Mental health clinicians may have to deal with issues in the billing department that can make their jobs more difficult and stressful. Relative to other professionals in the healthcare industry, they can be disadvantaged because of what services they are offering. If your practice has trouble having claims get approved, you aren’t the only one. These are a couple problems that staff in mental health billing could be facing.
They See Patients Too Frequently
While it might not sound bad to see patients so often, it can often be more of an issue than you may think. You should see patients every 5-7 days normally. If you see them more than twice per week, that may be too much. Patients that require treatments multiple times each week need to seek higher-level care.
By trying to see patients so many times in a week, it results in you having too many patients to serve and bill. It becomes unrealistic to try and serve that many patients every day. As an example, insurance companies could raise an eyebrow if they notice that you see and bill a high number of patients each day with the exact same code.
Clients Who See Multiple Therapists
One of the other pitfalls to mental health billing comes from clients who see multiple therapists. This is most likely to occur whenever clients must see their therapists at the same location where they visit their doctors, but they also have private therapists who they visit for other reasons. Payer sources do not like paying for multiple therapists for one client.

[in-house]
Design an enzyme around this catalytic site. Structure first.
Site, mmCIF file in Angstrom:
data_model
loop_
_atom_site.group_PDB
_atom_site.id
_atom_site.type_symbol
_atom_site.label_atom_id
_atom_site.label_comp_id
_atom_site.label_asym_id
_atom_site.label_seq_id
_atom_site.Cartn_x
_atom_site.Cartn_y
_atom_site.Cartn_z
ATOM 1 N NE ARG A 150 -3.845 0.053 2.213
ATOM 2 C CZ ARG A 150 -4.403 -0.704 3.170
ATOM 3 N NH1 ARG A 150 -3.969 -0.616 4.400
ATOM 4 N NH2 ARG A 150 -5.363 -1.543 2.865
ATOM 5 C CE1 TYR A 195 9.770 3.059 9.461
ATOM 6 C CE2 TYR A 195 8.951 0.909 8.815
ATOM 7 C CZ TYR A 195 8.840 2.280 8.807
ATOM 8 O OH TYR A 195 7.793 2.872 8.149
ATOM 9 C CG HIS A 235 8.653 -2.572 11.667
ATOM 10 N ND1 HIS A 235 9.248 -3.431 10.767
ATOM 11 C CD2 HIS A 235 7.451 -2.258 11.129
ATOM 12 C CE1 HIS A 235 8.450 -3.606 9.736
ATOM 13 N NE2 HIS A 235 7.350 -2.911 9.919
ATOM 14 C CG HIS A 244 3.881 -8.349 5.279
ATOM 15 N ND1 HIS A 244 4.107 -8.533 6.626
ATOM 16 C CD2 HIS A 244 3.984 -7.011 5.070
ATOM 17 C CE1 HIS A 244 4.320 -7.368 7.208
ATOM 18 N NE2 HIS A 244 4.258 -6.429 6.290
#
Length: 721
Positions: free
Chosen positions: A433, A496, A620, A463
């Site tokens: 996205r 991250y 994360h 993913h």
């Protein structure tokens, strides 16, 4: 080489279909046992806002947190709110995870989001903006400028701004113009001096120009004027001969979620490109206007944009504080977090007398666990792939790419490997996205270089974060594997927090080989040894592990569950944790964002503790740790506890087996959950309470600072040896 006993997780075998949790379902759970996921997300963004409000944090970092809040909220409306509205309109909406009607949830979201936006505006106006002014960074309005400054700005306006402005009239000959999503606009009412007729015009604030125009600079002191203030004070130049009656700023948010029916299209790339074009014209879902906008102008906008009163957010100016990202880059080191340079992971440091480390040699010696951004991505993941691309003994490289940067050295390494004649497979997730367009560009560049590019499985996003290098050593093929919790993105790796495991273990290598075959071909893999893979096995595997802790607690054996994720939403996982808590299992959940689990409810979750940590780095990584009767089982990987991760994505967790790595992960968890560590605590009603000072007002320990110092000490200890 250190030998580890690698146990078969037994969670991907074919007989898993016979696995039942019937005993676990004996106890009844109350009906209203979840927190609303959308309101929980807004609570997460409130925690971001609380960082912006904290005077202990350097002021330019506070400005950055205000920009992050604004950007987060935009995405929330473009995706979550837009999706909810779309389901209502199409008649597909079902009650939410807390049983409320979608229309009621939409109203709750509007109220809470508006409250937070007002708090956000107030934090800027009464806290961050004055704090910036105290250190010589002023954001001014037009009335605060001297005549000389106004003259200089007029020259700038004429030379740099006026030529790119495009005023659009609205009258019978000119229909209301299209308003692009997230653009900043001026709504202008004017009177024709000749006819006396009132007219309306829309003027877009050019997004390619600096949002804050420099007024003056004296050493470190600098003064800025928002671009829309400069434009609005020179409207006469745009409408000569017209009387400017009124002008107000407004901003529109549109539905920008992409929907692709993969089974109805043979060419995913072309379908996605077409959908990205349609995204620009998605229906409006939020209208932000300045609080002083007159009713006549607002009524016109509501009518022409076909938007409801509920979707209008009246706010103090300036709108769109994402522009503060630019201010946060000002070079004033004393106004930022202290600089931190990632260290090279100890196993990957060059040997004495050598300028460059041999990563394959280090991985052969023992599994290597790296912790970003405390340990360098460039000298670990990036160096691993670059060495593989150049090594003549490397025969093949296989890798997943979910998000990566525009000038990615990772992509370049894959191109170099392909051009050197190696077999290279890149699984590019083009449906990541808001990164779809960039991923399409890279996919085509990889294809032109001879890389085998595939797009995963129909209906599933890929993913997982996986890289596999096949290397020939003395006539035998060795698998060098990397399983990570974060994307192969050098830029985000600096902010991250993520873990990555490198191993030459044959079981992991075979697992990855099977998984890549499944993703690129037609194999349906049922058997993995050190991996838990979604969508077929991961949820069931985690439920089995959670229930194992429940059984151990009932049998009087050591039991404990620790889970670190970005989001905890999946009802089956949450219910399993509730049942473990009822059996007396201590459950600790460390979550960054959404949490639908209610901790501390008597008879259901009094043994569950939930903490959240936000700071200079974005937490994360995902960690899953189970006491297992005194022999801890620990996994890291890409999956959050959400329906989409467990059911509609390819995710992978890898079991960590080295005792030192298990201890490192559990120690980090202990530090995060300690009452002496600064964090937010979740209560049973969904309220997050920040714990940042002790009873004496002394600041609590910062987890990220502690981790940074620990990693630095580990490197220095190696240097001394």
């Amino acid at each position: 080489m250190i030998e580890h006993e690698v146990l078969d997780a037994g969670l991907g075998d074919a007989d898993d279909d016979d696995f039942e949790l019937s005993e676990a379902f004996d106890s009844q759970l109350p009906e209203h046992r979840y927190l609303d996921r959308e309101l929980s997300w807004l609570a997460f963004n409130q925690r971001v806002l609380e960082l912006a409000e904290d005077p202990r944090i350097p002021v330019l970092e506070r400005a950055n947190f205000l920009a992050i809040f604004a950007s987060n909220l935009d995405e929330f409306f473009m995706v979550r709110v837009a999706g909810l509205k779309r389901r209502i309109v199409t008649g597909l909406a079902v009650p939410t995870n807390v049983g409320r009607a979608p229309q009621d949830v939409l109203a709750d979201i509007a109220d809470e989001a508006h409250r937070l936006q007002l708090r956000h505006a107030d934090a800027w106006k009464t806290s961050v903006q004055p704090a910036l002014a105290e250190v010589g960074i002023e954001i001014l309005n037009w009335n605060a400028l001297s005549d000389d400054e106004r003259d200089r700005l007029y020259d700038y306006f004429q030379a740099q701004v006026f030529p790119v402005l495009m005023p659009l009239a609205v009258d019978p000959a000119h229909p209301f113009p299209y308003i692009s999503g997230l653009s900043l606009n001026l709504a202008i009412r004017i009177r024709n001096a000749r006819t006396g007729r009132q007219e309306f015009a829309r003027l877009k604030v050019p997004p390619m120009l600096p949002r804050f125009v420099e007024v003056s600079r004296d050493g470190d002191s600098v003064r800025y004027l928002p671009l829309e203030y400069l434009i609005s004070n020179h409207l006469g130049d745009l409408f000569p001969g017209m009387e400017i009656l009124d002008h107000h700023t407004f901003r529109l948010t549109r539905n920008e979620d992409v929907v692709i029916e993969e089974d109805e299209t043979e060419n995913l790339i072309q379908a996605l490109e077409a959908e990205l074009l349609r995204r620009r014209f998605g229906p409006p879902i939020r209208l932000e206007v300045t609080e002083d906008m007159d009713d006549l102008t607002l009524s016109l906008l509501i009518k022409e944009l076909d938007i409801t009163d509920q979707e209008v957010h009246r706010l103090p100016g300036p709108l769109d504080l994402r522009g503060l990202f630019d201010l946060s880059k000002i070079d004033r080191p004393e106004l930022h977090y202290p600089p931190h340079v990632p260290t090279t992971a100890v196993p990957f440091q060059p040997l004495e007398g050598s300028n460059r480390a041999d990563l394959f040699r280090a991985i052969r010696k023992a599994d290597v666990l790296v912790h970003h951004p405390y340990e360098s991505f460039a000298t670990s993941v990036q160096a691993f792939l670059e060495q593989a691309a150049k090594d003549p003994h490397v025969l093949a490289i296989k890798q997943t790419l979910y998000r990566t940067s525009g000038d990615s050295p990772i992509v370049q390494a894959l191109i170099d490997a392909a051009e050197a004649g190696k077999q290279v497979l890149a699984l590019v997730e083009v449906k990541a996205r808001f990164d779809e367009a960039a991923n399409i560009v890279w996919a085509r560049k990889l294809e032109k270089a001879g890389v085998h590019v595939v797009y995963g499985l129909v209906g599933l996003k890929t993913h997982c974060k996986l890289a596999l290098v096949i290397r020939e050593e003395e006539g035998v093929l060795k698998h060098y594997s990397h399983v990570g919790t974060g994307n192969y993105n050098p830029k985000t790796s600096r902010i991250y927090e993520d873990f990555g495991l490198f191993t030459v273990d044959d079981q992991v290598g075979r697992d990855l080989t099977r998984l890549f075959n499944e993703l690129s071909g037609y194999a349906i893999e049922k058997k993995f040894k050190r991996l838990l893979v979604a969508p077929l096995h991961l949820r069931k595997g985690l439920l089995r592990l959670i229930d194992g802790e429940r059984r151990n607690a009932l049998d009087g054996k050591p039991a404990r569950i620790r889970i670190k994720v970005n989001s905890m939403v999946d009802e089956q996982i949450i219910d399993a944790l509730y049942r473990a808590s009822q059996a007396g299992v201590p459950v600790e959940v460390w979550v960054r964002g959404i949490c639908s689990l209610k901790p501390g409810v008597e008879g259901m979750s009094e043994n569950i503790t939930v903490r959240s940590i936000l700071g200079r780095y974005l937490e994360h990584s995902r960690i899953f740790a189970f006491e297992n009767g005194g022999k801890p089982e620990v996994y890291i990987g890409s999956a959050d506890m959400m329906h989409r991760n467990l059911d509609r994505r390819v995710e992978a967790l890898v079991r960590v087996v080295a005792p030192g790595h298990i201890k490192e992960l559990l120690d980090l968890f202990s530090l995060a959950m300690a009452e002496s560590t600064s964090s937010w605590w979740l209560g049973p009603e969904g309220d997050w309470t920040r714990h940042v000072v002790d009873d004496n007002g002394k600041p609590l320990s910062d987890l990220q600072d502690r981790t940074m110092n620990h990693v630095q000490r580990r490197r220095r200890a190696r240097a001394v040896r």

Using the Exact Same ICD-10 Code Too Much
In the world of mental health billing, it is a problem if the ICD-10 code is used too frequently. You need to have variance in your billing. Otherwise, you could end up facing audit risks. It is a problem if you bill identical diagnosis codes for every patient you have.
While insurance companies have been more accepting of having the same codes used for many patients while the COVID-19 pandemic has been happening, it is not something we recommend, and it’s not a legal practice.
One other pitfall in the world of mental health billing is the treatment plans that patients get. If you don’t finish up a patient’s treatment plan, you’re sure to not get payment, and you might also have to send money back to a payer source once the audit is finished.
There are certain agencies that will require that treatment plans get signed by patients. Funds will need to be relinquished if these plans are not signed.
Also, with regards to finishing treatment plans, professionals in mental health billing try billing either 90836 or 90833, so they can get additional time. But, the extra time is considered part of therapy, meaning you will need a treatment plan.
MedHelp Inc. Is Here To Help
MedHelp, Inc. Uncommon Transparency. Uncompromising Service.
Call MedHelp, Inc. today at 443 524-4457 or toll-free at 1-800-275-6011 and let our team assist you in choosing the right solution. www.medhelpinc.com.
Also, you can follow us on Facebook.